What's life without a little splurging? What's California without a little Cabernet? California cabs put us on the map when it came to wine in the 1980's and they continue to be the most popular and expensive wines made in the US. This wine may be a classic example of both (popular and expensive), and it is most certainly a classic example of the category.
Heitz Cellars is one of the original "cult" producers of wine in Napa. So consistent and revered are their wines, that their Cabernet is used by some collectors much like the Dow Jones Industrial Average to gauge the quality and value over time of a given California vintage.
Heitz has been around since 1961 when it was founded by Joe and Alice Heitz who purchased the homestead of an old Italian-Swiss family and its eight acres of vineyards which include the now famous Martha's Vineyard and Bella Oaks Vineyard. The winery has expanded more to more than 300 acres and now produces more than just the original Cabernet.
This particular wine, from the banner year of 1997 in California, is 100% Cabernet, aged for an astounding 42 months in first American Oak (1 year) and then French Oak (2.5 years) before bottling. It was released in February of last year, and every one of the 5600 cases was probably sold out before they even went on sale.
A dark garnet in color, this wine has a remarkable nose filled with classic cherry aromas mixed with dark wet earth, flint, and even some floral notes which were elusive but reminiscent of lavender or sage. In the mouth it is perfection -- satin smooth with flavors of black cherry, cassis, black tea, and luxurious soft tannins that cushion the flavors and envelop them as they head towards a finish that seems to go on for minutes. Exquisitely balanced and complex. Truly extraordinary.
With a wine this good, one hardly needs much. Something simple with basic essential flavors and some sauces that can be mopped up with bread, like this veal roast with fresh figs.
Overall Score: 10
How Much?: $150
Who buys $150 wines anyway? Not a lot of people. Certainly not me with any regularity. However, some things are worth a splurge, and if you ask me, this is a deal compared to paying $350 for a Chateau Latour or some other major French wine that got 98 points from Parker. (This one only got 90). It is available at higher end wine stores like K&L or Plumpjack.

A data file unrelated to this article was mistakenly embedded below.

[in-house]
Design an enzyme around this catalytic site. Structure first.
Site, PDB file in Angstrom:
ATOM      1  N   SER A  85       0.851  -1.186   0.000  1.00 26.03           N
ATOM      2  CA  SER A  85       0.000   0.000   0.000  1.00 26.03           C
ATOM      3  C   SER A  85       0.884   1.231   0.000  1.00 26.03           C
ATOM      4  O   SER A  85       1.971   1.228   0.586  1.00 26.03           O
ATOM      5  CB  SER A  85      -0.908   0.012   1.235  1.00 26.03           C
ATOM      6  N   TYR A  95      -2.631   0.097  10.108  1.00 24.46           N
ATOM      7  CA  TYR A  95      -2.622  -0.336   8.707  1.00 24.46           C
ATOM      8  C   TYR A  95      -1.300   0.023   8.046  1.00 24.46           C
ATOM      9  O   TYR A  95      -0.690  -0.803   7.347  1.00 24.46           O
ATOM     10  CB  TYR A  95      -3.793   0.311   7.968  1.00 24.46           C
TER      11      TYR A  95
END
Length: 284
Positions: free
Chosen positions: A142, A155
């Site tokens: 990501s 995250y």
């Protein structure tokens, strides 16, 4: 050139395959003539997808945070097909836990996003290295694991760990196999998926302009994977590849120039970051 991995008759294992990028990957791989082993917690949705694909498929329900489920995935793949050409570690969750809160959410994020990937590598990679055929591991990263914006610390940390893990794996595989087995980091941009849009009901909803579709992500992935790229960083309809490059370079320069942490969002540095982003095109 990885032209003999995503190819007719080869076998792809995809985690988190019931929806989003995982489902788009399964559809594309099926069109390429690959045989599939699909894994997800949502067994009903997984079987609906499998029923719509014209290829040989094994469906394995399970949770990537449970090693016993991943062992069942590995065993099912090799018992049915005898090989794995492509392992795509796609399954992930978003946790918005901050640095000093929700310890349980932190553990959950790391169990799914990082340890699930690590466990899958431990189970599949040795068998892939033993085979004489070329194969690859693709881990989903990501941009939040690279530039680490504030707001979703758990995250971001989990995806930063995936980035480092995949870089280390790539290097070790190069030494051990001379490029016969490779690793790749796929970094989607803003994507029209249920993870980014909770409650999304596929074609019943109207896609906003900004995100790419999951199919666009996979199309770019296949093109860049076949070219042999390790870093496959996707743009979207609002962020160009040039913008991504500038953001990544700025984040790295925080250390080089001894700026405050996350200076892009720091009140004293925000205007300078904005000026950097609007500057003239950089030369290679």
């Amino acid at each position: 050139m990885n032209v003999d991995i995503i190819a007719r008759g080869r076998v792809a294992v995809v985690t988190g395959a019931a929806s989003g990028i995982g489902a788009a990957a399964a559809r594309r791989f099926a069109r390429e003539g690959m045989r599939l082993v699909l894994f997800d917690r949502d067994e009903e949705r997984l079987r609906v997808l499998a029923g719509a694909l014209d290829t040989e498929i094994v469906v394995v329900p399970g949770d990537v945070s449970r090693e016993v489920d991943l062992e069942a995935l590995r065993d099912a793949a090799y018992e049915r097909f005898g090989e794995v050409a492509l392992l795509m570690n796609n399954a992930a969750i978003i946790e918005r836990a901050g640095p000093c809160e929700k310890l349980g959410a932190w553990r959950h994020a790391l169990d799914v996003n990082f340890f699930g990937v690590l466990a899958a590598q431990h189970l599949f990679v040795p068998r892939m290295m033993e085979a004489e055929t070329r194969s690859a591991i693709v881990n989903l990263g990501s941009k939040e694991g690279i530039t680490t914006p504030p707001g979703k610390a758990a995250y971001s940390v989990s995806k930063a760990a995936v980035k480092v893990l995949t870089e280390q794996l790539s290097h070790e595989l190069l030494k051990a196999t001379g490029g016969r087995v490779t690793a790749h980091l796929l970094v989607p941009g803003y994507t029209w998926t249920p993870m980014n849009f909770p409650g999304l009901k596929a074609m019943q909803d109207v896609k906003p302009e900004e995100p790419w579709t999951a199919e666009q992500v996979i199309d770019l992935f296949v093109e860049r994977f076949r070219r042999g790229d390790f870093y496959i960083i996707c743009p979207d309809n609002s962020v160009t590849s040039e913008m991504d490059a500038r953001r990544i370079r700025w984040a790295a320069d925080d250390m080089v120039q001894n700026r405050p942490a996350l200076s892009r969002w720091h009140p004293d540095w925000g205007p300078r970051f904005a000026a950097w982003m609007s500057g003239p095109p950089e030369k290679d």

A wine book like no other. Photographs, essays, and wine recommendations. 2015 Roederer Award Winner.Learn more.
I'll Drink to That: Nicoletta Bocca of San Fereolo Book Review: Shadows in the Vineyard by Maximillian Potter Wine News: What I'm Reading the Week of 5/8/16 I'll Drink to That: Tom Peters of Monk's Cafe Vinography Unboxed: Week of May 1, 2016 I'll Drink to That: Daniel Brunier of Vieux Télégraphe Vinography Images: Green Gold I'll Drink to That: Angelo Gaja of Gaja Winery Hungarian Wine: Hope, Dreams, Heritage and Progress Wine News: What I'm Reading the Week of 5/1/16
Wine Will Never Smell the Same Again: Luca Turin and the Science of Scent Forlorn Hope: The Remarkable Wines of Matthew Rorick Debating Robert Parker At His Invitation Passopisciaro Winery, Etna, Sicily: Current Releases Should We Care What Winemakers Say? The Sweet Taste of Freedom: Austria's Ruster Ausbruch Wines 2009 Burgundy Vintage According to Domaine de la Romanée-Conti Charles Banks: The New Man Behind Mayacamas Wine from the Caldera: The Incredible Viticulture of Santorini Why Community Tasting Notes Sites Will Fail Chateau Rayas and the 2012 Vintage of Chateauneuf-du-Pape A Life Indomitable: The Wines of Casal Santa Maria, Portugal Bay Area Bordeaux: Tasting Santa Cruz Mountain Cabernets Forgotten Jewels: Reviving Chile's Old Vine Carignane The First-Timer's Guide to Les Trois Glorieuses of Hospices de Beaune